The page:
“Plan your trade and trade your plan”
“Treat trading as a serious business”
“Bulls win, Bears win, Hogs lose”
How many times have we heard/read those words, or something to their effect? Trading can be as unstructured and wide-open a venture or a structured and quantified approach as we dictate conditions and parameters for.
There are two general schools of thought when it comes to operating a trading method or approach. One side believes we should trade every minute of every day, trying to maximize all potential profit opportunity without missing a beat. Another side believes it is prudent to target specific goals and if hit, bridle back or shut down for the duration until next period arrives. In other words for intraday traders, trade all day every day or trade for x-dollar profit and call it a day until next session.
That’s a two-side discussion which will never find everyone in agreement. Common logic (coupled with human greed) points to the fact that some sessions or periods offer outsized profit potential. It’d be foolish to quit early and pass up large gains when presented. The competitive nature ingrained in most gamblers (gamers = game) who are likewise successful traders scoff at the notion of walking away while cards remain on the proverbial table. Anyone who has traded through periods of high volatility and extreme price action for days or weeks at a time can attest how easy it is to amass weeks’ or months’ worth of gross profit in rapid fashion there. Then there is the aspect of judging trader performance based on potential profit opportunity. If a session or stretch of time offers x-percent profit potential, a trader would be successful only if he/she realized y-booked gains.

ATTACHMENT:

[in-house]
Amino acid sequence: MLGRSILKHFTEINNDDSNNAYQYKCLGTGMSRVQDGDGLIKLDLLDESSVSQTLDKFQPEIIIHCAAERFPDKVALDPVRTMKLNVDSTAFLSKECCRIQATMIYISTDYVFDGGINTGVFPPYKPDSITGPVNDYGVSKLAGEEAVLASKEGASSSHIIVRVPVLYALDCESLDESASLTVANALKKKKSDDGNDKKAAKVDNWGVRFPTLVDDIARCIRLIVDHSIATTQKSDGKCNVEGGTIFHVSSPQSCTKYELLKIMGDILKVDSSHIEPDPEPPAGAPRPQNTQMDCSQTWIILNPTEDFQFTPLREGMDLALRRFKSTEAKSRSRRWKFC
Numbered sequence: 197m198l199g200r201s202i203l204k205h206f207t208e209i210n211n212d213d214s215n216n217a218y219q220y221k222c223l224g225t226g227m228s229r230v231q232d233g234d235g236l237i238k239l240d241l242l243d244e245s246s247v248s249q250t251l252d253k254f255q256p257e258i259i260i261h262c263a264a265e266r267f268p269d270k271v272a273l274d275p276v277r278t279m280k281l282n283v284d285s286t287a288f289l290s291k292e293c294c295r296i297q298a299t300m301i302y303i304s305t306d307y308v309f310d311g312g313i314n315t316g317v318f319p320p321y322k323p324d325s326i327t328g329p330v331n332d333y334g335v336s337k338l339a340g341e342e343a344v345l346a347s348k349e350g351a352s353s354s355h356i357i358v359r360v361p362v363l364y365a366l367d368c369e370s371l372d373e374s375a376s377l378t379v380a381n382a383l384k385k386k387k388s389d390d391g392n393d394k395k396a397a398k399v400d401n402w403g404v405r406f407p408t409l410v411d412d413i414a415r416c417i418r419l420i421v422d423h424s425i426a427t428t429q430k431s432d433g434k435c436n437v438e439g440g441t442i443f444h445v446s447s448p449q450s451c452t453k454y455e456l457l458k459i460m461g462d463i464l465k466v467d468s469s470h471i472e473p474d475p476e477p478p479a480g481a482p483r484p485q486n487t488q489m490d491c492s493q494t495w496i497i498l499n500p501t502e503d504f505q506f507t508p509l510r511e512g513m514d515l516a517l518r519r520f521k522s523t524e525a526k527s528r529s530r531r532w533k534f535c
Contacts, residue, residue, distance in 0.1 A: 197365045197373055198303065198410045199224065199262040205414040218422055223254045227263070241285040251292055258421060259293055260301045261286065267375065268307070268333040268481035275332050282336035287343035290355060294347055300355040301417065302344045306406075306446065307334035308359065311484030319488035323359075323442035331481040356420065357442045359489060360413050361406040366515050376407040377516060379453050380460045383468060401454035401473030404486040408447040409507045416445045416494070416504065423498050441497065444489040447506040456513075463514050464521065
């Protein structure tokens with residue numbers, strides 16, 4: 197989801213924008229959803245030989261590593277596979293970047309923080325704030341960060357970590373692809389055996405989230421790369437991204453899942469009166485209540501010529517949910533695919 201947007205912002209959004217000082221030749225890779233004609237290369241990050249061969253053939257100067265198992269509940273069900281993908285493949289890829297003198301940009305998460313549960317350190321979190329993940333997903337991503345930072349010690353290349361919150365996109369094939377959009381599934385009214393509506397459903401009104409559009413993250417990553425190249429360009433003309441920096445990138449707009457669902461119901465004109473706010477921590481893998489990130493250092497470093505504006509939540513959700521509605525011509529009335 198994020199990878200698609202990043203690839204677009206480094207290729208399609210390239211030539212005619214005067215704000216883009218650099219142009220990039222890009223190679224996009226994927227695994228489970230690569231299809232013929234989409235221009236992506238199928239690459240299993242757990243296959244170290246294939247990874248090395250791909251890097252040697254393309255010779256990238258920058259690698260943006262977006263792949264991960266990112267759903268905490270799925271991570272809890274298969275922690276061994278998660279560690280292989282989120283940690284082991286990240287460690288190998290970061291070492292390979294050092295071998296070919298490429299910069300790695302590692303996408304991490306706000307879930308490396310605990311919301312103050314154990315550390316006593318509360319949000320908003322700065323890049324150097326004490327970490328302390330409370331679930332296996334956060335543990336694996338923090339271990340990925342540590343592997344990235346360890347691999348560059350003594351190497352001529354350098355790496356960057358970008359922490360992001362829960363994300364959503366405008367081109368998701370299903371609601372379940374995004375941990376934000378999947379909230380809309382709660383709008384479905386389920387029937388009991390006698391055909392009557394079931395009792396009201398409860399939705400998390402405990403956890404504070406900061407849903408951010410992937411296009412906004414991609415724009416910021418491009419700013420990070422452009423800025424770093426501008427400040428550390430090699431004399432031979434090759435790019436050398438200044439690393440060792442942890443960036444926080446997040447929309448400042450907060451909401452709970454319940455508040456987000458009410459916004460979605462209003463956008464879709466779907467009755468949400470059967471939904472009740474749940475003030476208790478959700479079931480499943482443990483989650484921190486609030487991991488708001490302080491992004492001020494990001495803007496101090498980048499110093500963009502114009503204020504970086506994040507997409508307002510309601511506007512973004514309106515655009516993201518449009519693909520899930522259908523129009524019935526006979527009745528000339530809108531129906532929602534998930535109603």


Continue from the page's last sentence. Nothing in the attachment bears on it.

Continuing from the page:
All true to various extents. But no trading career is ever based on extreme market conditions. High volatility and large-range sessions are a welcome gift when presented. A brief, welcomed gift. Unfortunately, that end of the bell-curve measuring “normal” price action is no more common than dull periods with tight-range choppy price action as well. Results realized through any extended periods of time include brief blips of wild markets and huge profit potential, what we’d consider normal market movement as the bulk of time and likewise dull market action to offset the wild times before.
What if we opted to construct a business plan based on steady, consistent performance objectives that are reasonable to meet on a regular basis? Instead of grading our performance relative to max potential gains every day, what if we graded performance on achieving reasonable goals averaged consistently over extended periods of time?
As an example, here’s a business-plan objective created for one trading application of my own. Let’s look at that and see if any benefits exist:
ES Trading Business Plan
Trading S&P 500 futures (ES) based on (your choice) method approach with management objective of realizing (your choice) gross profit per session. Trader’s option to continue trade efforts that day if conditions warrant OR shut down with profit objective goals successfully met. Regardless of how or why, cease all trading efforts if/when max loss intraday of (your choice) is hit.
+4pts ES gross gains (example) targeted daily.
-8pts ES gross loss (example) max loss shutdown.
$5,000 beginning balance = two ES contracts per full-trade size position
1/2 size = one ES contract
full size = two ES contracts
2x size = four contracts
100% Objective Attained
ES +4pts daily x 21 trading sessions (on average) per month | +84pts ES per month
+4pts x two contracts full position | +$400 daily gross gain